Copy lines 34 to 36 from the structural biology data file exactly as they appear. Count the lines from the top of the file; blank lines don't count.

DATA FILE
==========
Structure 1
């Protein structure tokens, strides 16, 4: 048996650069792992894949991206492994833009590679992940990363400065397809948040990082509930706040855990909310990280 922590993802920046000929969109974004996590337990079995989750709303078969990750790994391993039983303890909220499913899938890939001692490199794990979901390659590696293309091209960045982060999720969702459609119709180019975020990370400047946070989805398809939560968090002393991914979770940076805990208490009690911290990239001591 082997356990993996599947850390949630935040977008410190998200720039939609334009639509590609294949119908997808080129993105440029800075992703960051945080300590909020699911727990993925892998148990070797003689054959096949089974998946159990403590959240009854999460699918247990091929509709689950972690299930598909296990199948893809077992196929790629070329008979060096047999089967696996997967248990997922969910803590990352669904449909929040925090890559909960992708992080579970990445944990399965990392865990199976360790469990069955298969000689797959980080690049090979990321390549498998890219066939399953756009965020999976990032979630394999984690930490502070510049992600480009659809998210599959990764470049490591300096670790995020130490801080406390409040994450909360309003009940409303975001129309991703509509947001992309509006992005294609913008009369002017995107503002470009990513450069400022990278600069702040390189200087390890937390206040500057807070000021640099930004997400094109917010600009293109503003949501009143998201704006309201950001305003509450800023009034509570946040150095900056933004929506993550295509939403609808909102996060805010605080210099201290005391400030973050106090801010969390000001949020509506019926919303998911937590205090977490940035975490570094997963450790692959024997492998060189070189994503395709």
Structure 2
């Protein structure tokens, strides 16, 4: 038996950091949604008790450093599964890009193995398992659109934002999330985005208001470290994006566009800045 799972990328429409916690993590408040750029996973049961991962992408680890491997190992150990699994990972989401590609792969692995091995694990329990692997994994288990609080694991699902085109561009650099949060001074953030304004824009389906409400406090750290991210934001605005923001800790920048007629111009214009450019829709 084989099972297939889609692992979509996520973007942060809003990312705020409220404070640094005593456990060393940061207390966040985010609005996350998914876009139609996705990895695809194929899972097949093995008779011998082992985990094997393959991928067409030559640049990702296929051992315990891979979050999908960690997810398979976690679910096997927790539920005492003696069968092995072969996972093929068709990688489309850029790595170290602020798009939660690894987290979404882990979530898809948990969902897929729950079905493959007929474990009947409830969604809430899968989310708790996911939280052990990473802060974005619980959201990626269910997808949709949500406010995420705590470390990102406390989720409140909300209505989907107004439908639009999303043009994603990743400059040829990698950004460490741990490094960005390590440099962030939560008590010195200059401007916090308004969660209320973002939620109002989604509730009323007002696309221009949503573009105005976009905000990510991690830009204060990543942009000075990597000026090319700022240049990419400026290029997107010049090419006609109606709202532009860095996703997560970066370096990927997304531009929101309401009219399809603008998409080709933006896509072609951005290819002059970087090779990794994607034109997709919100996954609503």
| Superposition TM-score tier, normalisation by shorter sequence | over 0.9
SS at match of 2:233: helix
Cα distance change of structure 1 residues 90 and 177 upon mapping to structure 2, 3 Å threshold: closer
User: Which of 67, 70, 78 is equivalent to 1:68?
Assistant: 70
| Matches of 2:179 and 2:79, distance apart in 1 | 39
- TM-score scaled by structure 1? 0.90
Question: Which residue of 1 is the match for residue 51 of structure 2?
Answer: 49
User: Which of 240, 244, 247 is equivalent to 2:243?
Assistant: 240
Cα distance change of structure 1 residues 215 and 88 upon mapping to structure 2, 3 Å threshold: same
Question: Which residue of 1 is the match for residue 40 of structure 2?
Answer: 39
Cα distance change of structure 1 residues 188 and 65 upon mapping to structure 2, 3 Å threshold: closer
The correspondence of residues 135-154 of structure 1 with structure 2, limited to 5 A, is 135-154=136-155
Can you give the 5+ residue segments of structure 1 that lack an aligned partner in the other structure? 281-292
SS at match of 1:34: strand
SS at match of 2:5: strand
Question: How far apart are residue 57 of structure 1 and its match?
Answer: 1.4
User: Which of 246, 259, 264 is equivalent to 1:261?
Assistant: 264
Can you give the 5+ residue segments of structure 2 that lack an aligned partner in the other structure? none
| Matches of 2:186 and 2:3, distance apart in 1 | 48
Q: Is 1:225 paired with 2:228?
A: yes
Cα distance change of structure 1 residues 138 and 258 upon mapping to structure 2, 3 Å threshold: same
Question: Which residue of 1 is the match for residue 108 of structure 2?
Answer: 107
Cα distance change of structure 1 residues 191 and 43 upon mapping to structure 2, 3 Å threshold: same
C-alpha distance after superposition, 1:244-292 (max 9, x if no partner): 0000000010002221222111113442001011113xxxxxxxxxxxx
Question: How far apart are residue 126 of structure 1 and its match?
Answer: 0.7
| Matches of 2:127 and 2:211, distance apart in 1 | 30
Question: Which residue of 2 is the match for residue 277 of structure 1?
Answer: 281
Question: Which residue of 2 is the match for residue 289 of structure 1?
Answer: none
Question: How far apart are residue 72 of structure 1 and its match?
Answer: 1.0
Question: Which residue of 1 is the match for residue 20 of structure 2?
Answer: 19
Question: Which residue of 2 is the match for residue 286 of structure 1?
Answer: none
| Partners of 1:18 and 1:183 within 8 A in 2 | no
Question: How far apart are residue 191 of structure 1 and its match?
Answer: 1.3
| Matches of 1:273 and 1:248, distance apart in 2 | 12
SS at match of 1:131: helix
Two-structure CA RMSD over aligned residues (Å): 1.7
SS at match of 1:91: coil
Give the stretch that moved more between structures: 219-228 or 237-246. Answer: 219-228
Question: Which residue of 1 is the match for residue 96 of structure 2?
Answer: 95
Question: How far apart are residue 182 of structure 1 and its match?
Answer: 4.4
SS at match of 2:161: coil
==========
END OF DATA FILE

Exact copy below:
Answer: 107
Cα distance change of structure 1 residues 191 and 43 upon mapping to structure 2, 3 Å threshold: same
C-alpha distance after superposition, 1:244-292 (max 9, x if no partner): 0000000010002221222111113442001011113xxxxxxxxxxxx